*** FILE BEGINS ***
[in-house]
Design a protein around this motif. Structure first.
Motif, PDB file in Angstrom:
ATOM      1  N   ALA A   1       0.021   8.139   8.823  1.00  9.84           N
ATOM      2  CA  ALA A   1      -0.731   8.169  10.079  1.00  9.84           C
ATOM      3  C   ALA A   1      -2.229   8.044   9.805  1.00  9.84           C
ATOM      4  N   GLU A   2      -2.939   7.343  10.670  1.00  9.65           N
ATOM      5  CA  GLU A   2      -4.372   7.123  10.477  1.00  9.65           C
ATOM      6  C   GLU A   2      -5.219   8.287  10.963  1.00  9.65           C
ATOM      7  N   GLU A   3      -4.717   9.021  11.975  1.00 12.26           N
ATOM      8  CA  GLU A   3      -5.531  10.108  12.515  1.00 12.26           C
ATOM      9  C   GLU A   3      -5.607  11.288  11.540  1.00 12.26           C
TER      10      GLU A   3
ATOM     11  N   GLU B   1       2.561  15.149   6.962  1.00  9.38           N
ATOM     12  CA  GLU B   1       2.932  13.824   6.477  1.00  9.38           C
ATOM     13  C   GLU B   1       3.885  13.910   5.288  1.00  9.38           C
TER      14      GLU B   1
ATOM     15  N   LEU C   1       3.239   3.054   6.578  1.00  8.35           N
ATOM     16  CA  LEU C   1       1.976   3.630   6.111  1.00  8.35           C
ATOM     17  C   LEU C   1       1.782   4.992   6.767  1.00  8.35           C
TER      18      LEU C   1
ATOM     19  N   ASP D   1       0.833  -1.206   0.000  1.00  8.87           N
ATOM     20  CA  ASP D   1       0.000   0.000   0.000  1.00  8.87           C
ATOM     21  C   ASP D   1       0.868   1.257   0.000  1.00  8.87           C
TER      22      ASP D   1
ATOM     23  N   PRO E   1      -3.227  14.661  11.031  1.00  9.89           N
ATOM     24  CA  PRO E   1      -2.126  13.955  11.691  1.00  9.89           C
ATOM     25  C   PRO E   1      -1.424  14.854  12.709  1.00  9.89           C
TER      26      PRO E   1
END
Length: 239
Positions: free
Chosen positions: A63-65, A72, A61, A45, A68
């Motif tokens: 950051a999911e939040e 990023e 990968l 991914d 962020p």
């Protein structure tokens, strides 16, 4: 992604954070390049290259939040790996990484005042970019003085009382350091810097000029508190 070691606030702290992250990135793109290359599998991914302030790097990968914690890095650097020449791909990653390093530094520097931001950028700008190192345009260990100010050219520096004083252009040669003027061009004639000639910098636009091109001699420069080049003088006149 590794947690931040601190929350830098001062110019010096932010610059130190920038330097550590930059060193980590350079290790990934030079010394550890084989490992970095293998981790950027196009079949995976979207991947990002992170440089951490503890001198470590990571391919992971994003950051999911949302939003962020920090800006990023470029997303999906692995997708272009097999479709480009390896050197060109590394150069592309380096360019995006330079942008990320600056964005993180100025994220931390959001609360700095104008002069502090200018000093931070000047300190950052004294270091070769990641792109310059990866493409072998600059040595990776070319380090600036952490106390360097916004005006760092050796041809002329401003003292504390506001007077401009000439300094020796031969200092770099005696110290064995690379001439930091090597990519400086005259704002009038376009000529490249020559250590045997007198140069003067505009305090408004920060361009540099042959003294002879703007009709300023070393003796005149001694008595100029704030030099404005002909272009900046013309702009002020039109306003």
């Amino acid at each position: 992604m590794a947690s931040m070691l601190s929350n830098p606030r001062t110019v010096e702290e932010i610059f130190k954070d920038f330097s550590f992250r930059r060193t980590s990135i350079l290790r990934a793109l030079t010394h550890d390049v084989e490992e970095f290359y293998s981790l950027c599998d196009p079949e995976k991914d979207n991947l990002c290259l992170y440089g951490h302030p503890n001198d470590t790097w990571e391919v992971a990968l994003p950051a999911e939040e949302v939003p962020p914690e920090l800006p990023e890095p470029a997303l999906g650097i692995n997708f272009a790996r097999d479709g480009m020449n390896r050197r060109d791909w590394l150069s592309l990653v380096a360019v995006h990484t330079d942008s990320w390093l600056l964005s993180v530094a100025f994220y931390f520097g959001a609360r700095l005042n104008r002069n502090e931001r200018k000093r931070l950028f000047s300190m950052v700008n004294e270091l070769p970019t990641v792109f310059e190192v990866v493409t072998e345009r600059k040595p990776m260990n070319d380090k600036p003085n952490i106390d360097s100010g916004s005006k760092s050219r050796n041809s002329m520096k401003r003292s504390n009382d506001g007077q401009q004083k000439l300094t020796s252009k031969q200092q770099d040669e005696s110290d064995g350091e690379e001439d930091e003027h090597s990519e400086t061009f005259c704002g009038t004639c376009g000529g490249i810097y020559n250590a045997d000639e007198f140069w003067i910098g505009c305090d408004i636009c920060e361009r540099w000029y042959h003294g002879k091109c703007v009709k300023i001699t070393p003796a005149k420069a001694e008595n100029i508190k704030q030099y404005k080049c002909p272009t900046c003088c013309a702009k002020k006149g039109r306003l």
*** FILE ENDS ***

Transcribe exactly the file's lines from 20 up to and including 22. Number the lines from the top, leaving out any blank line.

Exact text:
ATOM     17  C   LEU C   1       1.782   4.992   6.767  1.00  8.35           C
TER      18      LEU C   1
ATOM     19  N   ASP D   1       0.833  -1.206   0.000  1.00  8.87           N